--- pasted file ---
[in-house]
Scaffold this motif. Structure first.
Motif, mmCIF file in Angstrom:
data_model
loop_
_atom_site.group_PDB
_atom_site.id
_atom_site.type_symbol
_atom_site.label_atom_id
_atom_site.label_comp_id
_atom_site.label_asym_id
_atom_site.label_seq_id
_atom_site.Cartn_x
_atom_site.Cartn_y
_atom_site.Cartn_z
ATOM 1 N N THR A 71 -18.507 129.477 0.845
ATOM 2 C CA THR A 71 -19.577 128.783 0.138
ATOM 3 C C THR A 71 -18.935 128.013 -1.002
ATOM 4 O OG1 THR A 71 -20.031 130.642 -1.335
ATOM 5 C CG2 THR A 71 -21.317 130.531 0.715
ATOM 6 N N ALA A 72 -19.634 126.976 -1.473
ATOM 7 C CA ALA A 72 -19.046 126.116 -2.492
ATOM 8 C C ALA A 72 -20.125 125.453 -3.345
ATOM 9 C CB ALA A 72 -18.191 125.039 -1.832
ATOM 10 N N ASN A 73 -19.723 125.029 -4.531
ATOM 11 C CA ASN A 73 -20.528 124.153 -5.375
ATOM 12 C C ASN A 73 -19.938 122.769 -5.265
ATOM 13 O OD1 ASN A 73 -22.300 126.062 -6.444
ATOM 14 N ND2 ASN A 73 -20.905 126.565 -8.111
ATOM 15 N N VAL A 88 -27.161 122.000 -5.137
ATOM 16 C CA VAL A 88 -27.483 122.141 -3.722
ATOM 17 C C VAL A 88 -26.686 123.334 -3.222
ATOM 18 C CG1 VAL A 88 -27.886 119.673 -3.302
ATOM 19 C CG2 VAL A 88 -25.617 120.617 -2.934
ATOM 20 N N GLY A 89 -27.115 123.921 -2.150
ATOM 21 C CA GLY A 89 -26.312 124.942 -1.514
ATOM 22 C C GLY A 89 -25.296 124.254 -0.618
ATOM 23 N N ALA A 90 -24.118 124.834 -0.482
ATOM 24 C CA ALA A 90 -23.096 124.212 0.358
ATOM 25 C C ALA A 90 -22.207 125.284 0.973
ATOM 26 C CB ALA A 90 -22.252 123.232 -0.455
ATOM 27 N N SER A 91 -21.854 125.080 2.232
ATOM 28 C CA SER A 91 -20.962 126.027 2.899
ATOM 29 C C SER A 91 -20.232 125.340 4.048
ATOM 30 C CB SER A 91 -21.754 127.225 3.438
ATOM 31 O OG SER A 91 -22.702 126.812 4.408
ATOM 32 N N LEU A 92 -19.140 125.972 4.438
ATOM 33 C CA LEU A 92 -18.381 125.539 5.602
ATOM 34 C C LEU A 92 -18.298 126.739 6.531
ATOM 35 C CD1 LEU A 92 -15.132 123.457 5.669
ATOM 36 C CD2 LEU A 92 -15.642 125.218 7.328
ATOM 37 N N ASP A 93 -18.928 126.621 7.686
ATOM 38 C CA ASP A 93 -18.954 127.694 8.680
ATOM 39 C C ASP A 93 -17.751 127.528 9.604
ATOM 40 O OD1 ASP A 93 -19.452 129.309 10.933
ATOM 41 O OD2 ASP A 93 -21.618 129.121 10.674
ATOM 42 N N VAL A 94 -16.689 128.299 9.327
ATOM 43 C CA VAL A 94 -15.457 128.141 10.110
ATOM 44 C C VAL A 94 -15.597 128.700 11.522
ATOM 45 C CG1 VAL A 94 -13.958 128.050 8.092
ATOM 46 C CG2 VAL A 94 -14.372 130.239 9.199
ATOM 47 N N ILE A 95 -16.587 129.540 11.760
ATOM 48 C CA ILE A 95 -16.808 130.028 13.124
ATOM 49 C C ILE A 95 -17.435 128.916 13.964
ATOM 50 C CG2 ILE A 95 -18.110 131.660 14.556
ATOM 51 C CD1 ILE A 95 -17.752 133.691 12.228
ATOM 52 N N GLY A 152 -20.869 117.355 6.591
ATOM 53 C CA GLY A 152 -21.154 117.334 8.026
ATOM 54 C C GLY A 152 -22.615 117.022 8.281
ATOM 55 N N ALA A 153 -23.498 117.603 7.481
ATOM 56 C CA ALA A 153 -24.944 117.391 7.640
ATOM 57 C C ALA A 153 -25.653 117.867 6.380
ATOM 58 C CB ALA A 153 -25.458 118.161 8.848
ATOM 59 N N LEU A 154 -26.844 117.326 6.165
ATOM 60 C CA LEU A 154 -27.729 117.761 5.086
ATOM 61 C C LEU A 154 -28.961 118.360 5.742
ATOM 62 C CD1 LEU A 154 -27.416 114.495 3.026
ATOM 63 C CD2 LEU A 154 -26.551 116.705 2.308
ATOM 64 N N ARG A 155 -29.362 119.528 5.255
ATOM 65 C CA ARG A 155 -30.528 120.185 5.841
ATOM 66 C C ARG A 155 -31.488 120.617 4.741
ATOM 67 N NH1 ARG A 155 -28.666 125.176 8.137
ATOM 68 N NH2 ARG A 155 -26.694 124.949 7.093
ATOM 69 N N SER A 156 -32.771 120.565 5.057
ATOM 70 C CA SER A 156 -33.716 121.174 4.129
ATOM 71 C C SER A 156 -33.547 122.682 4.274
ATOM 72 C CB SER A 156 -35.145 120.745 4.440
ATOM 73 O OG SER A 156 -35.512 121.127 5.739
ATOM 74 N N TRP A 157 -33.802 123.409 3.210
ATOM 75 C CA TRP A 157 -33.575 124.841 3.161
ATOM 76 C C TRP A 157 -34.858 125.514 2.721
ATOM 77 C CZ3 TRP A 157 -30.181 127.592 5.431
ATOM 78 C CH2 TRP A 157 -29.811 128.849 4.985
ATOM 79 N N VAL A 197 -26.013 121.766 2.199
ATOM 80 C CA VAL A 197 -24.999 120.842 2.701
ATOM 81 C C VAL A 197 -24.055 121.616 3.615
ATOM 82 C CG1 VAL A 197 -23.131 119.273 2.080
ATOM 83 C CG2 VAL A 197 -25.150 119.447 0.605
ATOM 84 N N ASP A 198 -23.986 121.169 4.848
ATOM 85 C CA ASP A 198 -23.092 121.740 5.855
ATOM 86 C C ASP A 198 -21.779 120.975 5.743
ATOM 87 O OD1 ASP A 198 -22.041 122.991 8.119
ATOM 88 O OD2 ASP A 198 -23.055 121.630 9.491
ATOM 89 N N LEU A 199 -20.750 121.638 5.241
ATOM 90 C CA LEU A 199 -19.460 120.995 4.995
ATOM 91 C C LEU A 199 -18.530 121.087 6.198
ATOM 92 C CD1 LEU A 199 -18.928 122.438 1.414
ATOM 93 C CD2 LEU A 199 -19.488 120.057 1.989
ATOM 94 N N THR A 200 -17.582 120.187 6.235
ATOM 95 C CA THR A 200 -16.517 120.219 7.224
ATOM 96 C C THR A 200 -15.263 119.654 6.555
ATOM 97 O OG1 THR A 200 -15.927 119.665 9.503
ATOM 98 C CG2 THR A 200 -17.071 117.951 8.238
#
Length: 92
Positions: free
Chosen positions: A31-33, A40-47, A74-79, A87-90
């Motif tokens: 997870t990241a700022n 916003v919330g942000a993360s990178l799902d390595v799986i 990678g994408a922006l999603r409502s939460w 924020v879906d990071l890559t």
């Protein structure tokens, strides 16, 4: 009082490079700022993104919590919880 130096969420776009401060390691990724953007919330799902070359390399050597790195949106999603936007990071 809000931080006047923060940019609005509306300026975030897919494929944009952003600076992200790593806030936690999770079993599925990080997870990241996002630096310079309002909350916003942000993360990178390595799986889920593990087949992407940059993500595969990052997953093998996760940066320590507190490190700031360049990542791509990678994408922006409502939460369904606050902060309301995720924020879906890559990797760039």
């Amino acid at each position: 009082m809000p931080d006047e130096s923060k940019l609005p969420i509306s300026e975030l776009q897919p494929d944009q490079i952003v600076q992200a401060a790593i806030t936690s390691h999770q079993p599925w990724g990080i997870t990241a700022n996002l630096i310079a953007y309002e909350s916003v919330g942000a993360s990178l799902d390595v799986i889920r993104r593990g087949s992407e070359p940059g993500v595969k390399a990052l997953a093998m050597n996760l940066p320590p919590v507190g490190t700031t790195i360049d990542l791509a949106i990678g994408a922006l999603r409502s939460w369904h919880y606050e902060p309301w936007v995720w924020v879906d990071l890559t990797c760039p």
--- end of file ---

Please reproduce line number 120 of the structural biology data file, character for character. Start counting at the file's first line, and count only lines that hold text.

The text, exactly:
């Amino acid at each position: 009082m809000p931080d006047e130096s923060k940019l609005p969420i509306s300026e975030l776009q897919p494929d944009q490079i952003v600076q992200a401060a790593i806030t936690s390691h999770q079993p599925w990724g990080i997870t990241a700022n996002l630096i310079a953007y309002e909350s916003v919330g942000a993360s990178l799902d390595v799986i889920r993104r593990g087949s992407e070359p940059g993500v595969k390399a990052l997953a093998m050597n996760l940066p320590p919590v507190g490190t700031t790195i360049d990542l791509a949106i990678g994408a922006l999603r409502s939460w369904h919880y606050e902060p309301w936007v995720w924020v879906d990071l890559t990797c760039p």